Friday, 21 June 2013

Bildungsroman - A Novel Youth

"I Live in Kashmir"
A portrait of a teenager by Ebtesam Ahmed


Noun. Plural bildungsromane. Early 20th century.
[German, from Bildung education + Roman novel.]

A novel dealing with one person's formative years or spiritual education.

From The Catcher in the Rye to The Hunger Games, Jane Eyre to Harry Potter, bildungroman is an expansive and enduringly popular genre, one that is certain to have touched every lover of literature. Its popularity is hardly surprising: a childhood is something we all have to experience, something we all have to get through and build on; therefore the bildungsroman, a charting of one character's journey from boy to man, from girl to woman, is something that resonates deep within all of us.

And the resonation is deep. As someone that was blessed with a remarkably happy and stable childhood, I still experienced times of profound personal tragedy and sadness. These were defining moments, such as the death of my younger brothers when I was 11, an event that marked a transition from an innocent and carefree childhood into a darker and less predictable world, a time that still haunts my dreams and stalks my memories, even after 20 years. And there was the breakup at 20 with the first person I truly loved; a ubiquitous rite of passage perhaps, but one of crippling pain and emotional torment, a time that attacked my very value as a person, my identity and my sense of self-worth.

These and many other things make up my own personal bildungsroman, as do yours for you. And this wonderful genre, this deeply moving body of literature, can help us to understand and make sense of these turbulent years, not only during youth, but also after, in adulthood, as we continue to reflect and develop and come to terms with the history that formed us. And the wonderful thing? While there are always difficulties and trials that threaten our hero, bildungsroman is generally an optimistic genre, one that revels in not just survival but a thriving in the face of adversity. While there is invariably pause for reflection and nostalgia, as there is on the recollection of any childhood, a buldungsroman is a story of hope, development and triumph.

Do you have any particularly beloved examples of bildungsroman, perhaps ones that helped you through your childhood? Was your childhood a veritable bildungsroman in itself? Do please share and comment in the box below.


  1. Hi Ed,

    I was very fortunate not to experience what I would consider any major negative event in my youth (and that's very subjective in itself I guess - what's minor for me may be major for another), nor any massively positive one. I think I'd say that was another type of more common bildungsroman. The big events in life force you to stop and take notice and when they don't come along, you can float on in ignorance for years without connecting with the important subjects it would be beneficial for you to connect with, earlier rather than later.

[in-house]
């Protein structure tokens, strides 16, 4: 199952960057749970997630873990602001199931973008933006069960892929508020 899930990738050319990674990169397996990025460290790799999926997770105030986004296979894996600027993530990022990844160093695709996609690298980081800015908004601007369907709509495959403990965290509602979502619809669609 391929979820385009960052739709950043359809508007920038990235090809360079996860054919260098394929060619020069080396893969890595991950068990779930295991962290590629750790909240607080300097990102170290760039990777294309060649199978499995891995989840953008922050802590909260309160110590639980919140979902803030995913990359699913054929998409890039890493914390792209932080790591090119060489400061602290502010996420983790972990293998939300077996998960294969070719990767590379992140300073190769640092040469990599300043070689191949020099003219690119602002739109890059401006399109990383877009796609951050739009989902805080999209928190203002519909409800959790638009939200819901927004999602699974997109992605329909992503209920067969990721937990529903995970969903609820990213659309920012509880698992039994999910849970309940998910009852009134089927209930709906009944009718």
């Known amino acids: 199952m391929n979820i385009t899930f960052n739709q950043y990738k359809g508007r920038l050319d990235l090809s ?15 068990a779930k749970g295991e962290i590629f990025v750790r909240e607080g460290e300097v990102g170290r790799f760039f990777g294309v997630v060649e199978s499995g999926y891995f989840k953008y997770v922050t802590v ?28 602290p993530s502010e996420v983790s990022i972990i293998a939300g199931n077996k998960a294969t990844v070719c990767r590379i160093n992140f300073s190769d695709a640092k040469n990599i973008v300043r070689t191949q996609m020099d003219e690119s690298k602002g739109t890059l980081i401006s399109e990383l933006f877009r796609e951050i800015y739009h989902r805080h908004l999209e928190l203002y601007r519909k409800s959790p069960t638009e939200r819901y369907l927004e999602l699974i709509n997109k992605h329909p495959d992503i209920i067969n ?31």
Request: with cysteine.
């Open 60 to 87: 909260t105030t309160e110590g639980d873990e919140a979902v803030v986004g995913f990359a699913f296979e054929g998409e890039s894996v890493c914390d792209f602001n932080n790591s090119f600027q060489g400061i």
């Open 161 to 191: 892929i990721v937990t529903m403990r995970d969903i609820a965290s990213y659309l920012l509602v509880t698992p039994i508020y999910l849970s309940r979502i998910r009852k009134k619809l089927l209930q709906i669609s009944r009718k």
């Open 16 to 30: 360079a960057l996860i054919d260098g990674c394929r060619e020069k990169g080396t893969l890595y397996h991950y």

1. A friend of mine who experienced some very difficult years in his teens once said something similar; he said that he felt angry with himself for being so naive, for thinking that life was so steady and trouble free, and that the shock of sudden and overwhelming trials was almost too much. I can see how that could be the case - how a sudden onset of difficulty in a previously serene life would be a difficult adjustment.

  2. I also didn't have any major life events growing up - mine all happened as an adult, and boy, they sure jolted me!

    I am sorry to hear about your brothers Ed. That must've been a very hard time for all your family.

    1. Thank you Jingles - it was a difficult time, a time that never really goes away. However, my childhood was everything a childhood should be - secure, fun, happy, adventurous and loving; for that I'll always be grateful.

  3. This is my favorite word to date. Thanks ed.


  4. Oh Ed...
    I'm really sorry to hear about your brothers.

  5. Hi Ed,
    I, as others, am sorry to hear about your brothers. It reminds me that perhaps I should be grateful for what I did have, and not dwell on what I didn't.
    I feel as if, despite being nearly 27, that my story of growing up is still unfinished. I have yet to conquer and move past the pivotal conflicts and challenges begun in my childhood and adolescence.
    Excellent word.

    1. Thank you Kara ... and your comment made me smile, because as I was writing this post I was thinking *exactly the same thing* about myself! I haven't "come of age"; my bildungsroman isn't over. And I'm in my 30s! : o D

  6. Hi Ed,
    just catching up on some Lexicolatry... Loved this word too, especially the caption you had with it! :)